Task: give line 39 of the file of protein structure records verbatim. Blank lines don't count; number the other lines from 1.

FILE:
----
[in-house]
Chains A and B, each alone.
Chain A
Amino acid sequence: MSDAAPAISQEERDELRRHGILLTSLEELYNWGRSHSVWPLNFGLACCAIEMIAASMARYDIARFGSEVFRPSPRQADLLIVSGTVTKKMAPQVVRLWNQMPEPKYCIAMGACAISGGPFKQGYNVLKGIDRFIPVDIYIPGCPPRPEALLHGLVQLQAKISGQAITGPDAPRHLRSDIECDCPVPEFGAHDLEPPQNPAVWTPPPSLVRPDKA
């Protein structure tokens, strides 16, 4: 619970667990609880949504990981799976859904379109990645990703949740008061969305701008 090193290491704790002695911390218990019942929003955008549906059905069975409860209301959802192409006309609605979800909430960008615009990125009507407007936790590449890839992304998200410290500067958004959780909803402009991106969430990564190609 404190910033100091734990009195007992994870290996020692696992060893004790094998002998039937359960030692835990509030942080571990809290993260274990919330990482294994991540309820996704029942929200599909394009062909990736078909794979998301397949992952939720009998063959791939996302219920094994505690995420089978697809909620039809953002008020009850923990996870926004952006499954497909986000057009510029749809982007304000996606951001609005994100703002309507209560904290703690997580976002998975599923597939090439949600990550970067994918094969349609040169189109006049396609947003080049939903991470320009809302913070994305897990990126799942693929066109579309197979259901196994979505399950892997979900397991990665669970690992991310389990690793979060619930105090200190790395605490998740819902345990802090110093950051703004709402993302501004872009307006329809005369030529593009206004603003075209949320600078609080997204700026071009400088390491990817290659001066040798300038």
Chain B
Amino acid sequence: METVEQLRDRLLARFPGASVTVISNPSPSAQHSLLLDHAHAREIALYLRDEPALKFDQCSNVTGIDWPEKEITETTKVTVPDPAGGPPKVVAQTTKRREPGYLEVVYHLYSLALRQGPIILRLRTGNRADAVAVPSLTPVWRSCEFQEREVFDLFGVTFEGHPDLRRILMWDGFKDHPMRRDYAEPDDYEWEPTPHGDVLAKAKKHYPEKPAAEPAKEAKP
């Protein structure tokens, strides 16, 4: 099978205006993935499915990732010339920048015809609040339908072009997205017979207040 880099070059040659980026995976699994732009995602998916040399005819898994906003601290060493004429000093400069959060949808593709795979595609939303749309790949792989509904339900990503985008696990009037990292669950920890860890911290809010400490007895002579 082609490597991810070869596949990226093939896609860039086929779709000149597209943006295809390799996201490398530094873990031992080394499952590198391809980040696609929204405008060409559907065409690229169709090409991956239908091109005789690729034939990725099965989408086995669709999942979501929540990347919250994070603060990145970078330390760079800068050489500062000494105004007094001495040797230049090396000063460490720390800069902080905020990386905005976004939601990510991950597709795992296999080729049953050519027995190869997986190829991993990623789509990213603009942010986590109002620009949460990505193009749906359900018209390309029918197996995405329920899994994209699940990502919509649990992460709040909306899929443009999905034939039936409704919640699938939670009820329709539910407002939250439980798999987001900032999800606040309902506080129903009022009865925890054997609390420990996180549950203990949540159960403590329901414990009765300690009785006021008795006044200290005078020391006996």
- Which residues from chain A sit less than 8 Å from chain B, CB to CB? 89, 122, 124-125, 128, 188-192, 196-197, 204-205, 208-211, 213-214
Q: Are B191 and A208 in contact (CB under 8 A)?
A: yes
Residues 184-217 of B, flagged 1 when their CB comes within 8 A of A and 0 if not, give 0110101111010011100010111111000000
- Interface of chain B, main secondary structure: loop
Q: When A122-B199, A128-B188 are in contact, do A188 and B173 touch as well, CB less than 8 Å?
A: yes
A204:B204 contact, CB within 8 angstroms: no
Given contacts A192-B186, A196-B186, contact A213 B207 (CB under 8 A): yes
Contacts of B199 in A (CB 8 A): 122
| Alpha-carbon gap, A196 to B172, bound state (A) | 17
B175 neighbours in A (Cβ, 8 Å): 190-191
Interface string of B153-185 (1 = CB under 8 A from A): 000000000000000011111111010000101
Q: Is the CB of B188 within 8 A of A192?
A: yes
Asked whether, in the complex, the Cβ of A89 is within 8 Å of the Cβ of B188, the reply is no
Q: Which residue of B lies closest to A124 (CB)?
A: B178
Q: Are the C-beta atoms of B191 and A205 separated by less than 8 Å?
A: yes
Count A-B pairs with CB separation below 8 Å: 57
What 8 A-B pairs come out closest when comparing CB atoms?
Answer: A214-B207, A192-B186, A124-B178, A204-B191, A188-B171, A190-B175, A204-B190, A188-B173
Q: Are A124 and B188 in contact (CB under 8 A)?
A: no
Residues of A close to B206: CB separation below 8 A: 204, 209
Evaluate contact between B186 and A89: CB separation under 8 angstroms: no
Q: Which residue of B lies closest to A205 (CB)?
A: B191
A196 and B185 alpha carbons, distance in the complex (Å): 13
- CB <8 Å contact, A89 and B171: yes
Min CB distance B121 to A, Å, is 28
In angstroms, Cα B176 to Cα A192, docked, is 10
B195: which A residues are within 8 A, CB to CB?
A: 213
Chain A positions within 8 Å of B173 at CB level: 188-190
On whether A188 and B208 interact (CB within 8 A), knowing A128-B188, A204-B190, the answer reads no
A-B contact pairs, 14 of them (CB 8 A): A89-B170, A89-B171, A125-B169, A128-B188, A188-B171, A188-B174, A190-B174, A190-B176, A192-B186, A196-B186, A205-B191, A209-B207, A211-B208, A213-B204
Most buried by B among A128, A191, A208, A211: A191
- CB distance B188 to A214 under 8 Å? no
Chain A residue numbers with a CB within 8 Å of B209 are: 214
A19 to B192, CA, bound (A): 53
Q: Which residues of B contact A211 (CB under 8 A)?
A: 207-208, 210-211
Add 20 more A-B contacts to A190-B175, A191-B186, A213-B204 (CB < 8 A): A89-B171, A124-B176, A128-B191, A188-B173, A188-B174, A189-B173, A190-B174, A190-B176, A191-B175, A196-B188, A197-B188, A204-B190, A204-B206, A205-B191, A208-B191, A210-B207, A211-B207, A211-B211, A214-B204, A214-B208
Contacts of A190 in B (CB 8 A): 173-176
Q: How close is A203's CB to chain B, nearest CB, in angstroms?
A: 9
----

- CB <8 Å contact, A89 and B171: yes